- General Manager Tan said to be doing chairman's job meanwhile
- It's unclear if Lin will return to AVIC to work, people say
Aviation Industry Corp. of China Chairman Lin Zuoming has been absent from work because of health reasons amid a reorganization of the aerospace and defense group as part of a government overhaul of state-run enterprises, according to people familiar with the matter.
General Manager Tan Ruisong has been filling in for the chairman in the meantime, the people said, declining to be identified because the matter isn’t public yet. It is unclear whether Lin will return to work at AVIC or be reassigned, they said. AVIC didn’t immediately respond to a faxed request for comment.
AVIC, parent of more than 20 listed entities on Hong Kong and mainland exchanges, is among companies that the Chinese government is revamping in a bid to make them more competitive against global rivals. The Made in China 2025 blueprint, released in March last year, cited aerospace as a sector that could help the Asian nation develop into an advanced economy along the lines of Japan and Germany.
Lin, a member of the Chinese Communist Party’s Central Committee, was quoted in a newspaper interview last year as saying China’s stock market rout was engineered by hostile forces determined to derail the country’s reforms and overthrow the Communist Party. China is “without any doubt” facing an economic war, according to an article in China Aviation News published in July. He didn’t name those he believed were responsible for the rout.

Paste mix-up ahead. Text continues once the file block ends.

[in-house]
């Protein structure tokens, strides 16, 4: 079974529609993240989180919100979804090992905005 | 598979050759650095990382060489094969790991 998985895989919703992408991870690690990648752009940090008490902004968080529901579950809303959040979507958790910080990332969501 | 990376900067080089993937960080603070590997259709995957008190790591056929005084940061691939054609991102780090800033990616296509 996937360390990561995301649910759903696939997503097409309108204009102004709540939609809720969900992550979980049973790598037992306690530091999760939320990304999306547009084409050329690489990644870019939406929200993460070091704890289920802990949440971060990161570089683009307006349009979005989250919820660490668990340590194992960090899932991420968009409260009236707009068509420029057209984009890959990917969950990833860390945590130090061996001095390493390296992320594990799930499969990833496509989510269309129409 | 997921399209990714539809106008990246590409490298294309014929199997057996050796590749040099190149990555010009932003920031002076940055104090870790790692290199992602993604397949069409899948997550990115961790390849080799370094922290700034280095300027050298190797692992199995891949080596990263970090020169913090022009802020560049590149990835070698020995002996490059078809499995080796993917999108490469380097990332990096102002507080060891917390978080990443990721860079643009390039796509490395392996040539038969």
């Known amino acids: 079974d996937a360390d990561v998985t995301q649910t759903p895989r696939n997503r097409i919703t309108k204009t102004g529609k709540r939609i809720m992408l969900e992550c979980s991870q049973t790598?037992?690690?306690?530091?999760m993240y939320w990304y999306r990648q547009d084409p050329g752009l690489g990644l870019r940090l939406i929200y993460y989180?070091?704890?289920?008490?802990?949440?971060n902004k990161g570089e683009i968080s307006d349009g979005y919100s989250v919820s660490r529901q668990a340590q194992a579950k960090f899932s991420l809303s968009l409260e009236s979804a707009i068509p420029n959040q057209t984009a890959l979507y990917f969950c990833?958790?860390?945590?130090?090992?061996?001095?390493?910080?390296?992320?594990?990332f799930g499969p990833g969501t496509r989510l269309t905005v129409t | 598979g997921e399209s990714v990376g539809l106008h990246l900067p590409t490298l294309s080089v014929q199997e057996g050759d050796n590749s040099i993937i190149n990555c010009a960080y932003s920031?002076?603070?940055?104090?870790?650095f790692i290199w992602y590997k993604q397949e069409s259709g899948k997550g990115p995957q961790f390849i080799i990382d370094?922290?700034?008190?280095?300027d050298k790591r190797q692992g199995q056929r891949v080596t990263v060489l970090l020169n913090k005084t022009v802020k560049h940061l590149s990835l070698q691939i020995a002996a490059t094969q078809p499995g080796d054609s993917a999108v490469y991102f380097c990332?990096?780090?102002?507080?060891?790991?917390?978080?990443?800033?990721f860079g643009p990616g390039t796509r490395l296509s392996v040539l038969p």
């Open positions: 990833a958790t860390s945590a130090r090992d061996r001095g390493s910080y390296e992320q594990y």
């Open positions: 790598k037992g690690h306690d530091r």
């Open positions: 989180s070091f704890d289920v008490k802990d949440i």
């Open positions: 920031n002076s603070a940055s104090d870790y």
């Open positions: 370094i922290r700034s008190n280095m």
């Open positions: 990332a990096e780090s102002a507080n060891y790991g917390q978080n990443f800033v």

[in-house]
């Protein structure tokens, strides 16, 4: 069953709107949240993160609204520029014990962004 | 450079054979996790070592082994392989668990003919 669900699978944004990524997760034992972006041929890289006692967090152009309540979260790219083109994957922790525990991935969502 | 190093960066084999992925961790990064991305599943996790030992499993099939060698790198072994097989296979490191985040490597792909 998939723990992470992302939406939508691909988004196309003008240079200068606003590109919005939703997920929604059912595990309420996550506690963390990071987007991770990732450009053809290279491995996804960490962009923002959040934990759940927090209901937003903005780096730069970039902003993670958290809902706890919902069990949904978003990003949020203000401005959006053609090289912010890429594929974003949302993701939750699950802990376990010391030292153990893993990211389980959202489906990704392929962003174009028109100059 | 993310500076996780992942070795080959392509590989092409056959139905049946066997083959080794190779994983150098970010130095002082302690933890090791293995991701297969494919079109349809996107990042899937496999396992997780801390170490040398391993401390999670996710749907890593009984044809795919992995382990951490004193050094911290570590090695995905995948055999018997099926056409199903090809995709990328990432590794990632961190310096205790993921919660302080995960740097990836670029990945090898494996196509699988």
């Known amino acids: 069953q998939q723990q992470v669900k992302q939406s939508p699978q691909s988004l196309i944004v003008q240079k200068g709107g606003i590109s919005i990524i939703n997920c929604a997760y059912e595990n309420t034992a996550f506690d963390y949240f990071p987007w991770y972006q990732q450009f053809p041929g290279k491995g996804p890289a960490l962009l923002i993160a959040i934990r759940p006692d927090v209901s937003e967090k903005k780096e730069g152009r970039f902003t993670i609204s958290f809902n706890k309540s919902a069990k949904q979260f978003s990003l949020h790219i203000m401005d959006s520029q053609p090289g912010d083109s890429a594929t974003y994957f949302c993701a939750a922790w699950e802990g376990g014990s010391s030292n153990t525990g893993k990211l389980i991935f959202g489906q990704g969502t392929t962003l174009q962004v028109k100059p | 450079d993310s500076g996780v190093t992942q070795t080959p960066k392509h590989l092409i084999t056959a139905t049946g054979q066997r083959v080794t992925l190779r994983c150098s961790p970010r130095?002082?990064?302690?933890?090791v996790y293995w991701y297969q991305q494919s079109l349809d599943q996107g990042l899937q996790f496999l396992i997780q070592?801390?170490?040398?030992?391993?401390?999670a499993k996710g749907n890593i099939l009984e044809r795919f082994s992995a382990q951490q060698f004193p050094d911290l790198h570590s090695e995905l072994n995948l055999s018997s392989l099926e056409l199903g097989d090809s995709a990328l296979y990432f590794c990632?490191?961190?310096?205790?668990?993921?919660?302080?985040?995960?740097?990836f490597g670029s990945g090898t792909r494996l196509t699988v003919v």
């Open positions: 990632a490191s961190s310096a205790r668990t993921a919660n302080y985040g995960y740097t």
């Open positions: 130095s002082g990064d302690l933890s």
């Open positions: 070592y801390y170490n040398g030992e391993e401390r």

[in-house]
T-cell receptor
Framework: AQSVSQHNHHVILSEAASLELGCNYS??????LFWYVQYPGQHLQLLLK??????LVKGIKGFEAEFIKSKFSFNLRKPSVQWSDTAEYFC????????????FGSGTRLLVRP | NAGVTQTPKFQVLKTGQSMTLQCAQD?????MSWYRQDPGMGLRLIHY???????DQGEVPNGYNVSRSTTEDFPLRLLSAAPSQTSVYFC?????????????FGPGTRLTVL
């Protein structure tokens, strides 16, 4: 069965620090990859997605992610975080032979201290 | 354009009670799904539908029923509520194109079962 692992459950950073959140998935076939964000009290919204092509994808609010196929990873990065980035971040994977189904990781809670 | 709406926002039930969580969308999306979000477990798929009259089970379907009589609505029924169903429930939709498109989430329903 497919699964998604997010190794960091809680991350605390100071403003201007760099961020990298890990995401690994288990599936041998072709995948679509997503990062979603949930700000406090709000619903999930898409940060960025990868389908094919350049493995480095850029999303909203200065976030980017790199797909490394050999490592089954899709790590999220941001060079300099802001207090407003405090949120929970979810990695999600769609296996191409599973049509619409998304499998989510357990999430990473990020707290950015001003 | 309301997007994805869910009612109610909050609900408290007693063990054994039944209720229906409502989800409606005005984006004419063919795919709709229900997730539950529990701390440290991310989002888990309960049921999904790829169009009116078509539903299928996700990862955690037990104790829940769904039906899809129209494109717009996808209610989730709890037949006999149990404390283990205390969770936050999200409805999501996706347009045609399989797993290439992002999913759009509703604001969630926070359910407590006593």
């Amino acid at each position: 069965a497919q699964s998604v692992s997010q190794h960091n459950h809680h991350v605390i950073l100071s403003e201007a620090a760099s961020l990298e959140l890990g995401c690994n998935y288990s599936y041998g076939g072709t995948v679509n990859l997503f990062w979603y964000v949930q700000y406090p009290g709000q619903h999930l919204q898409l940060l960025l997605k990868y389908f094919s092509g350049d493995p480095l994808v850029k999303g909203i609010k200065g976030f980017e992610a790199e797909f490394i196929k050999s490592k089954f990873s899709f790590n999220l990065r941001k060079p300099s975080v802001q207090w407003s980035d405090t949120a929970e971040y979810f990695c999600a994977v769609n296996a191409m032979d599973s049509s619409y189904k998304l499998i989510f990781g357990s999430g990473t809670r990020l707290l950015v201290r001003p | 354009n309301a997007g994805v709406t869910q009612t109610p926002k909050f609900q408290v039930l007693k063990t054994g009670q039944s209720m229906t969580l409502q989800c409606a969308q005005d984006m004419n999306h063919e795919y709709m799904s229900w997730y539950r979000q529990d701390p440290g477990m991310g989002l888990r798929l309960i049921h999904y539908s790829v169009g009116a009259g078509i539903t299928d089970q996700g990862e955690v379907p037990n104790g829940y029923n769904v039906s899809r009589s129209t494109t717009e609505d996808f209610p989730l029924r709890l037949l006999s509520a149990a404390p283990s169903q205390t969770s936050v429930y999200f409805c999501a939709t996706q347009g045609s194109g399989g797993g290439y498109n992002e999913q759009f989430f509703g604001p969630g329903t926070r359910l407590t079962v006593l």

AVIC subsidiaries are developing China’s J-31 fifth-generation stealth fighter.
China proposes to merge more than 40 entities working on plane engines into a group with 145 billion yuan ($22 billion) in assets, a plan that includes investments from the government as well as AVIC and other companies, people familiar with the proposal said in January. In March, China made the first two senior appointments for a new company focusing on aircraft engines, drawing executives from AVIC for the roles.
The South China Morning Post late Monday reported Lin’s absence from the office.
— With assistance by Steven Yang